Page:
This interview is part of a series conducted during research for the book Tunnel Visions, a history of the Superconducting Super Collider. The quality of the audio recording was poor, resulting in a significantly flawed transcript. In the interview, David Goldston discusses his work as a Republican staff member for the Science Committee of the U.S. House of Representatives, and particularly his efforts on behalf of Rep. Sherwood Boehlert of New York to exert congressional control over the SSC project and ultimately to erode support for it. He stresses Boehlert’s general support for scientific research and the specificity of Boehlert’s objections to the SSC, and he notes it was deeply unusual for a science issue to become the subject of a major dispute in Congress. Goldston details maneuvering in committee and on the House floor to place targets for cost and international contributions in the Superconducting Super Collider Project Authorization Act of 1990. While the act did not become law, he notes how its provisions became an important reference point in portraying the SSC project as slipping out of control. He also assesses the legitimacy and political utility of various arguments surrounding the project, such as its status as a “Cold War” project, the dissent among physicists over it, and supposedly lavish spending at the SSC site. The interview concludes with a discussion of the SSC dispute moving into the appropriations process and appropriators’ inability to counter the political momentum building against the project.

Interviewed by
Michael Riordan and Steven Weiss
Interview date
Location
Washington, D. C.
Abstract

This interview is part of a series conducted during research for the book Tunnel Visions, a history of the Superconducting Super Collider project. It mainly addresses Adm. James Watkins’s experiences as Secretary of Energy in President George H. W. Bush’s administration, focusing on his perception of the value and management of the SSC project. Watkins had previously served as Chief of Naval Operations (the highest-ranking officer in the U.S. Navy) and as chair of President Ronald Reagan’s Commission on the HIV Epidemic. Watkins recounts that his earliest months as secretary were dominated by the expansion of environmental remediation at Department of Energy nuclear weapons production sites and that he regarded DOE project management capabilities as poor compared to the Defense Department. He states that he first focused on the SSC when a change in its magnet design precipitated an increase in projected cost and that he questioned whether a design change was necessary. He asserts that early SSC cost estimates were unrealistic and that international contributions should have been secured earlier. He reflects that his imposition of his own oversight structure on the project stemmed from his lack of confidence in scientists or DOE to manage large-budget projects. Watkins stresses his own high regard for the SSC and scientific research, and he recollects Bush’s personal support for the project and the difficulties encountered in maintaining congressional support and gaining support from Japan. He castigates the physical sciences community for infighting and criticizes scientists’ skills in advocating for themselves politically, pointing also to his own work on behalf of ocean scientists following his time as secretary.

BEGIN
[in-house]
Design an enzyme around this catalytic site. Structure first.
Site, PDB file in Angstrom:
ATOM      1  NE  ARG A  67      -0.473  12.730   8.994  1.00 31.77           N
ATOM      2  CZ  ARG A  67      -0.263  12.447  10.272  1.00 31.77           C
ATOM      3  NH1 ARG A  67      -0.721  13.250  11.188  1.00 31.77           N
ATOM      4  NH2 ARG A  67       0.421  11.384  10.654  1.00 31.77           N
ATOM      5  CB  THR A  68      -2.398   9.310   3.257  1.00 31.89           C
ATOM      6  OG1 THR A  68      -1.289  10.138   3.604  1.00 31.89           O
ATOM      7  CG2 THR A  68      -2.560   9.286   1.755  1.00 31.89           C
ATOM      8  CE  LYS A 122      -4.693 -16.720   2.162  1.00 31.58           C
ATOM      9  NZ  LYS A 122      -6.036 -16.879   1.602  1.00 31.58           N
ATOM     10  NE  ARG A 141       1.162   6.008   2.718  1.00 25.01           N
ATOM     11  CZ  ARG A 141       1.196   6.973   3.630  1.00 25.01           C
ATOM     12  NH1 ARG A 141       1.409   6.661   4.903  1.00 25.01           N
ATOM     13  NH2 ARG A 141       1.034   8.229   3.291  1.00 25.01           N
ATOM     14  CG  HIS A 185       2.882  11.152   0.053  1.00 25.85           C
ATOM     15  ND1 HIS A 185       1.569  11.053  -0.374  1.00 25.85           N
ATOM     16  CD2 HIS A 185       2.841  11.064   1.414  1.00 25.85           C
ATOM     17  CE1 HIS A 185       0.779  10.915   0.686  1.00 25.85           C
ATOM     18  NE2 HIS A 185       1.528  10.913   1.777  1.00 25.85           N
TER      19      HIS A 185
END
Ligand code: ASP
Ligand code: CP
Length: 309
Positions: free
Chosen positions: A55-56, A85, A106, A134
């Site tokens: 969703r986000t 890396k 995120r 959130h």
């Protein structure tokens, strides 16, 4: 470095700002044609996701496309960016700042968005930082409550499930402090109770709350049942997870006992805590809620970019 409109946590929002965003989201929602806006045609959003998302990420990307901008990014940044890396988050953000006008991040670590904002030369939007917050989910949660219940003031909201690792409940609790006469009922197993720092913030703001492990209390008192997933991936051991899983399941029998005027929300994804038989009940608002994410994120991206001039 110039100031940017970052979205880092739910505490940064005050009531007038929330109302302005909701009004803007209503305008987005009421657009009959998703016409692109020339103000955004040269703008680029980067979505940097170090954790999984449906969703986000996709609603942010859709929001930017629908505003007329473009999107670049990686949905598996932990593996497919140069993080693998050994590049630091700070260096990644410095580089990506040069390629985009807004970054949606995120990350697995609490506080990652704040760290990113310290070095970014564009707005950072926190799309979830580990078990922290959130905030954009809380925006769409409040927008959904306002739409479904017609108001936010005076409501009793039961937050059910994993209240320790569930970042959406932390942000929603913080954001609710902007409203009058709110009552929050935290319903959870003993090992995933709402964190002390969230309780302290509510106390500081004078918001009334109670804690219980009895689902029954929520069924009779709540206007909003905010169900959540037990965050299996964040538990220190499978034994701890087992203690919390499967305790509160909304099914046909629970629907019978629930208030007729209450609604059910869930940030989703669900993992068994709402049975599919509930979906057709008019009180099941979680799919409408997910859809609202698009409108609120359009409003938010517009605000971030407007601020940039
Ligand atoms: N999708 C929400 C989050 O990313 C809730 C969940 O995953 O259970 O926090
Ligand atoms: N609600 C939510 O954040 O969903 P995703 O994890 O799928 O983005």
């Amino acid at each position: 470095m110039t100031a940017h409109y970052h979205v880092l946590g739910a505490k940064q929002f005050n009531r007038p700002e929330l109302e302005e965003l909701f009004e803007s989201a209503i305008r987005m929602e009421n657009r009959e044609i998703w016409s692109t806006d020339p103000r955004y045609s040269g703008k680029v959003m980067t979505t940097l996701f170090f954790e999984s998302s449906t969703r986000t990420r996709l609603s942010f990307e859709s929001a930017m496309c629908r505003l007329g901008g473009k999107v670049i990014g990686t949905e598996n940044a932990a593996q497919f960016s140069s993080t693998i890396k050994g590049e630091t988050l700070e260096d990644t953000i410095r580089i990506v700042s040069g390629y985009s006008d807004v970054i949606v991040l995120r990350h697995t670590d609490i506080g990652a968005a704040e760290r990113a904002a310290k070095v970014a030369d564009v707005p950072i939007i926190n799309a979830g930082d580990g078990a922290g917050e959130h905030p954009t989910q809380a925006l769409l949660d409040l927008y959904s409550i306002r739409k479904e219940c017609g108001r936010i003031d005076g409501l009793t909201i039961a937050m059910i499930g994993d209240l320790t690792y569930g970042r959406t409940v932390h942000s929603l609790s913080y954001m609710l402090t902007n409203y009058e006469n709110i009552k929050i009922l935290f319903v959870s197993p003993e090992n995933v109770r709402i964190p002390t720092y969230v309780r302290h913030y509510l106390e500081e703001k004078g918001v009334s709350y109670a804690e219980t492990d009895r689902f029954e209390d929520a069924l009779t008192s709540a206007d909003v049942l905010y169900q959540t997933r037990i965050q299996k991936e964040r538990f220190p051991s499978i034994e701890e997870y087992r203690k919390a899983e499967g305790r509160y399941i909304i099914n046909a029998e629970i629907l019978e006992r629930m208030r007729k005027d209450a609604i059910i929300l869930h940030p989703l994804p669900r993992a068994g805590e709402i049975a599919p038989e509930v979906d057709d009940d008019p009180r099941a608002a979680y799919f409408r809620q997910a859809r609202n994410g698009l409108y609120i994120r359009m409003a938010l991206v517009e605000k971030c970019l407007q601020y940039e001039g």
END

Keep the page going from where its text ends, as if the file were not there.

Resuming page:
Interviewed by
Michael Duncan
Interview date
Abstract

In this interview, Mike Duncan of Optica speaks with physicist, engineer, and inventor Peter Schultz. Schultz recounts his early life in New York and New Jersey, and his education at Rutgers University, where he began studying the physical properties of glass. He describes his early work after graduate school in glass science at Corning in New York, and how that work evolved into research into fiber optics with Bob Mauer. Schultz describes the development of fiber optics over the course of the 1970s, and its industrial and commercial importance. He recounts his move from Corning to other companies working on fiber optics in the 1980s, SpecTran, and then the Germany-based Heraeus, where he became CEO of US operations. Finally, Schultz discusses consulting work in Russia, and his visit to the White House to receive the National Medal of Technology from Bill Clinton.